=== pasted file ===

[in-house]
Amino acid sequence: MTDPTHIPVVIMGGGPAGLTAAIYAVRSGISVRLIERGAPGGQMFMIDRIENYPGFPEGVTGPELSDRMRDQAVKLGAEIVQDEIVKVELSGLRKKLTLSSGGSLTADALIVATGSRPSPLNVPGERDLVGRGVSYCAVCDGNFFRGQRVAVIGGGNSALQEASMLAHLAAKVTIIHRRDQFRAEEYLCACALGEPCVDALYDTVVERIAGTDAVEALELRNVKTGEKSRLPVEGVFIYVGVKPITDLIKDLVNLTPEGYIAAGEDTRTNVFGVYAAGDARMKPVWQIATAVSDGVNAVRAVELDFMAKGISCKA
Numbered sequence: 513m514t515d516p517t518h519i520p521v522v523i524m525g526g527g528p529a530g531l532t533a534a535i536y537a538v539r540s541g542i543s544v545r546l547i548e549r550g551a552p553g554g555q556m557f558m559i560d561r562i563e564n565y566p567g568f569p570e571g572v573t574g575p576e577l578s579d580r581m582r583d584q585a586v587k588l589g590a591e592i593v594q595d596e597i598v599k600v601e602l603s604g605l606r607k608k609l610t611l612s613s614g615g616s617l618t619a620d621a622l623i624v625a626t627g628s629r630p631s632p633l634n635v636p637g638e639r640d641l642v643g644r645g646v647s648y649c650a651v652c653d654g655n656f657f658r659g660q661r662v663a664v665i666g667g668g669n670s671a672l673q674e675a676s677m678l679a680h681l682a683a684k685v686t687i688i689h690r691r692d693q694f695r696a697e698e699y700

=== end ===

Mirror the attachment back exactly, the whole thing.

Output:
[in-house]
Amino acid sequence: MTDPTHIPVVIMGGGPAGLTAAIYAVRSGISVRLIERGAPGGQMFMIDRIENYPGFPEGVTGPELSDRMRDQAVKLGAEIVQDEIVKVELSGLRKKLTLSSGGSLTADALIVATGSRPSPLNVPGERDLVGRGVSYCAVCDGNFFRGQRVAVIGGGNSALQEASMLAHLAAKVTIIHRRDQFRAEEYLCACALGEPCVDALYDTVVERIAGTDAVEALELRNVKTGEKSRLPVEGVFIYVGVKPITDLIKDLVNLTPEGYIAAGEDTRTNVFGVYAAGDARMKPVWQIATAVSDGVNAVRAVELDFMAKGISCKA
Numbered sequence: 513m514t515d516p517t518h519i520p521v522v523i524m525g526g527g528p529a530g531l532t533a534a535i536y537a538v539r540s541g542i543s544v545r546l547i548e549r550g551a552p553g554g555q556m557f558m559i560d561r562i563e564n565y566p567g568f569p570e571g572v573t574g575p576e577l578s579d580r581m582r583d584q585a586v587k588l589g590a591e592i593v594q595d596e597i598v599k600v601e602l603s604g605l606r607k608k609l610t611l612s613s614g615g616s617l618t619a620d621a622l623i624v625a626t627g628s629r630p631s632p633l634n635v636p637g638e639r640d641l642v643g644r645g646v647s648y649c650a651v652c653d654g655n656f657f658r659g660q661r662v663a664v665i666g667g668g669n670s671a672l673q674e675a676s677m678l679a680h681l682a683a684k685v686t687i688i689h690r691r692d693q694f695r696a697e698e699y700